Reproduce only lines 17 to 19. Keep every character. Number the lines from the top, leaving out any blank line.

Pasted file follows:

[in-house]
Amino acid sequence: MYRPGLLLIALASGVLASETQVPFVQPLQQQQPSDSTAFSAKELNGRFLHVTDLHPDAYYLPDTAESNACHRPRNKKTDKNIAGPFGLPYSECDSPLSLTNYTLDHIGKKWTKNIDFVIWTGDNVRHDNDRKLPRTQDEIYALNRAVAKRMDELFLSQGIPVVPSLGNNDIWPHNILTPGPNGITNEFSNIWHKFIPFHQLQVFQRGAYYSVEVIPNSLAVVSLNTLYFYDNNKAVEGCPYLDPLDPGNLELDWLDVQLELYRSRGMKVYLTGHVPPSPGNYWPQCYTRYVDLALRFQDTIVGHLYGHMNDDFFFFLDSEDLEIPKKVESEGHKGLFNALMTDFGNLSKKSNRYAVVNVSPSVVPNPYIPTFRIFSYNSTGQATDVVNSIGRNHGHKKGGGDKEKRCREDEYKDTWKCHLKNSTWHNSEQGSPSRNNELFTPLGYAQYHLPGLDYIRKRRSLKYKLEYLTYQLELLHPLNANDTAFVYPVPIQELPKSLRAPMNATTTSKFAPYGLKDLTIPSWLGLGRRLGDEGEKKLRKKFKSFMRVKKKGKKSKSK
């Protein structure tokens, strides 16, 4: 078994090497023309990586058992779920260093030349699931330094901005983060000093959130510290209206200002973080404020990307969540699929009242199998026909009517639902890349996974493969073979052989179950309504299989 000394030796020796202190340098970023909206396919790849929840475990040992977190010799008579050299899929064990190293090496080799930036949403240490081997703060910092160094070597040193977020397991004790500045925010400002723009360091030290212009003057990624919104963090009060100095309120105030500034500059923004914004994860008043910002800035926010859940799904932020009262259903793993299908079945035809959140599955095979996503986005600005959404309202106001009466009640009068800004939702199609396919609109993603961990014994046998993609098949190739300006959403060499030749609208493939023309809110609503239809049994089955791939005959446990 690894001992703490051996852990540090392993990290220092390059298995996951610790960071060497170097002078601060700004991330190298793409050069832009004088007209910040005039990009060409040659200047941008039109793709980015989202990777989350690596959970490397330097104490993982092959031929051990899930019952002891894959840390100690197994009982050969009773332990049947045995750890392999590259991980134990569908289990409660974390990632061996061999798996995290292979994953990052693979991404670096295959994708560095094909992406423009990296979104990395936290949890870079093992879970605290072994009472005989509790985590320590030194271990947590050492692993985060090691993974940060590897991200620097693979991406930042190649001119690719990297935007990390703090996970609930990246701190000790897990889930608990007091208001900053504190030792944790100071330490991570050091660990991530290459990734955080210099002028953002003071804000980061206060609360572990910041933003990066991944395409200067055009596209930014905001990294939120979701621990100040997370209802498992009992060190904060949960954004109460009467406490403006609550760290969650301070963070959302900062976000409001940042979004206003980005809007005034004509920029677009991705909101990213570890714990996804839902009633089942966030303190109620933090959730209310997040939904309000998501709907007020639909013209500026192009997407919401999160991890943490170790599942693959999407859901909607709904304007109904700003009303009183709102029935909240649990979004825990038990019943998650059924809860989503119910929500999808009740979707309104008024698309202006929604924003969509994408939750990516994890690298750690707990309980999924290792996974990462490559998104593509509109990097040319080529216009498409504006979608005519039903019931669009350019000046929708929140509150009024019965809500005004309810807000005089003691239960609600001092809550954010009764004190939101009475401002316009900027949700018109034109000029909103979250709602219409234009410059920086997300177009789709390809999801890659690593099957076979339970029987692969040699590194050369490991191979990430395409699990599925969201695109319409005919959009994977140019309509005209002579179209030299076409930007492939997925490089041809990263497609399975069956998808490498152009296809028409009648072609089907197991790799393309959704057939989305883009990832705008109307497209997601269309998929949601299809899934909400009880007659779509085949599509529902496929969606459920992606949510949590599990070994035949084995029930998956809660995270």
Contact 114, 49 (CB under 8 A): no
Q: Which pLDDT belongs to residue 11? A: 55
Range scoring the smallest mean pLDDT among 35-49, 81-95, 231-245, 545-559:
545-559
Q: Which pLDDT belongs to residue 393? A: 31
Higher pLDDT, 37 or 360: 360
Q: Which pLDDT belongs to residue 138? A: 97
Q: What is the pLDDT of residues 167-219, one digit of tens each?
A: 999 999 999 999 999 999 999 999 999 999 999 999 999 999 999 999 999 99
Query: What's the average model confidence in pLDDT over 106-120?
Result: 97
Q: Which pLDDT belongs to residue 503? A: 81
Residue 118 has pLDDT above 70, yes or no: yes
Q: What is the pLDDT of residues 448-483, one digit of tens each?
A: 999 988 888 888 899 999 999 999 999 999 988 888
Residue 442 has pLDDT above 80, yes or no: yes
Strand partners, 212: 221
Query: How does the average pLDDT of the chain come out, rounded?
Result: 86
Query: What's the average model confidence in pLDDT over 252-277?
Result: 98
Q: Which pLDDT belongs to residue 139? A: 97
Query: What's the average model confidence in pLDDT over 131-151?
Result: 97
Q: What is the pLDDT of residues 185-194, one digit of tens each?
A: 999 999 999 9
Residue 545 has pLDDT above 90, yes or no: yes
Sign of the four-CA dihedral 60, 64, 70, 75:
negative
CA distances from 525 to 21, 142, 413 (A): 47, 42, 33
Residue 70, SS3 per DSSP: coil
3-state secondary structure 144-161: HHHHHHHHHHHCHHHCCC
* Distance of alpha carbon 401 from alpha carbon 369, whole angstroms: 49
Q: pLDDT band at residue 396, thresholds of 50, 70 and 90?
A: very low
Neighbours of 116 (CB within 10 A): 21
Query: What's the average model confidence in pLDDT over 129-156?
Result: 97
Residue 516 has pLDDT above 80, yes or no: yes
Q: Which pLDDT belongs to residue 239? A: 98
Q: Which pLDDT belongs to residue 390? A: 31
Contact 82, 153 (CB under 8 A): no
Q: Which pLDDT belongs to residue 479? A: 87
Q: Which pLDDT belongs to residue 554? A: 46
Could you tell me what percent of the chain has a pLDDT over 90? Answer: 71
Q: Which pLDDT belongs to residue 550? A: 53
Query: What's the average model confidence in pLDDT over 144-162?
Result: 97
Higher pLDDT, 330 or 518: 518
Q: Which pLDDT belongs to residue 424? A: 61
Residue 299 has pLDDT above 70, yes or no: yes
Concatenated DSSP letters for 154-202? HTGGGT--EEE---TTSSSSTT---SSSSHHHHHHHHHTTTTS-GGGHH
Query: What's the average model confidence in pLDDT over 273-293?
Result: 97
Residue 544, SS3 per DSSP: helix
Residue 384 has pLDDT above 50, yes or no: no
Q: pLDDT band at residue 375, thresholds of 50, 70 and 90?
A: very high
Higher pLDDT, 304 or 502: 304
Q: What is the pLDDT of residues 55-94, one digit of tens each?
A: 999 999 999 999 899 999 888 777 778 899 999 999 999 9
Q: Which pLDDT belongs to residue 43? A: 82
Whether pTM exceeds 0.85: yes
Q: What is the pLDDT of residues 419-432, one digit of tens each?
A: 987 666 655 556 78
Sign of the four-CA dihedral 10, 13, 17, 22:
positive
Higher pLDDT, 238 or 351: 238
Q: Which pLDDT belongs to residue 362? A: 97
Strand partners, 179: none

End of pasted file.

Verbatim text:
Q: What is the pLDDT of residues 448-483, one digit of tens each?
A: 999 988 888 888 899 999 999 999 999 999 988 888
Residue 442 has pLDDT above 80, yes or no: yes